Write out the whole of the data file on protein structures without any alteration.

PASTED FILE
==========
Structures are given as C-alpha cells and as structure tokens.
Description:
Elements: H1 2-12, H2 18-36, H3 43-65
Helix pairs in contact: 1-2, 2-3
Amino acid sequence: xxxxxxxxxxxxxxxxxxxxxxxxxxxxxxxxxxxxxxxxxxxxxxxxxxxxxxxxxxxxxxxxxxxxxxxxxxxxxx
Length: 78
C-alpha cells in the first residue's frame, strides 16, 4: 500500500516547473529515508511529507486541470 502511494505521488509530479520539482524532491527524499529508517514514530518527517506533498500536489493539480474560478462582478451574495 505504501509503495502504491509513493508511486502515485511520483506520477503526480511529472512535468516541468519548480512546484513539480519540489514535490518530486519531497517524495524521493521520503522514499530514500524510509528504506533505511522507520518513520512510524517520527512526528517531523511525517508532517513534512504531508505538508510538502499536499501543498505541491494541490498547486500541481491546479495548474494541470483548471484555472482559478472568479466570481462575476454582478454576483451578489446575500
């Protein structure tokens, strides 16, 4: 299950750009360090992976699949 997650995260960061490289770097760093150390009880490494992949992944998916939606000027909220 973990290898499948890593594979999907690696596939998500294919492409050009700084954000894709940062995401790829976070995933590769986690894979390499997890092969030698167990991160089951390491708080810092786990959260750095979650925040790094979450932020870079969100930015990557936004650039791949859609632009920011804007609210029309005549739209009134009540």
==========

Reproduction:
Structures are given as C-alpha cells and as structure tokens.
Description:
Elements: H1 2-12, H2 18-36, H3 43-65
Helix pairs in contact: 1-2, 2-3
Amino acid sequence: xxxxxxxxxxxxxxxxxxxxxxxxxxxxxxxxxxxxxxxxxxxxxxxxxxxxxxxxxxxxxxxxxxxxxxxxxxxxxx
Length: 78
C-alpha cells in the first residue's frame, strides 16, 4: 500500500516547473529515508511529507486541470 502511494505521488509530479520539482524532491527524499529508517514514530518527517506533498500536489493539480474560478462582478451574495 505504501509503495502504491509513493508511486502515485511520483506520477503526480511529472512535468516541468519548480512546484513539480519540489514535490518530486519531497517524495524521493521520503522514499530514500524510509528504506533505511522507520518513520512510524517520527512526528517531523511525517508532517513534512504531508505538508510538502499536499501543498505541491494541490498547486500541481491546479495548474494541470483548471484555472482559478472568479466570481462575476454582478454576483451578489446575500
């Protein structure tokens, strides 16, 4: 299950750009360090992976699949 997650995260960061490289770097760093150390009880490494992949992944998916939606000027909220 973990290898499948890593594979999907690696596939998500294919492409050009700084954000894709940062995401790829976070995933590769986690894979390499997890092969030698167990991160089951390491708080810092786990959260750095979650925040790094979450932020870079969100930015990557936004650039791949859609632009920011804007609210029309005549739209009134009540």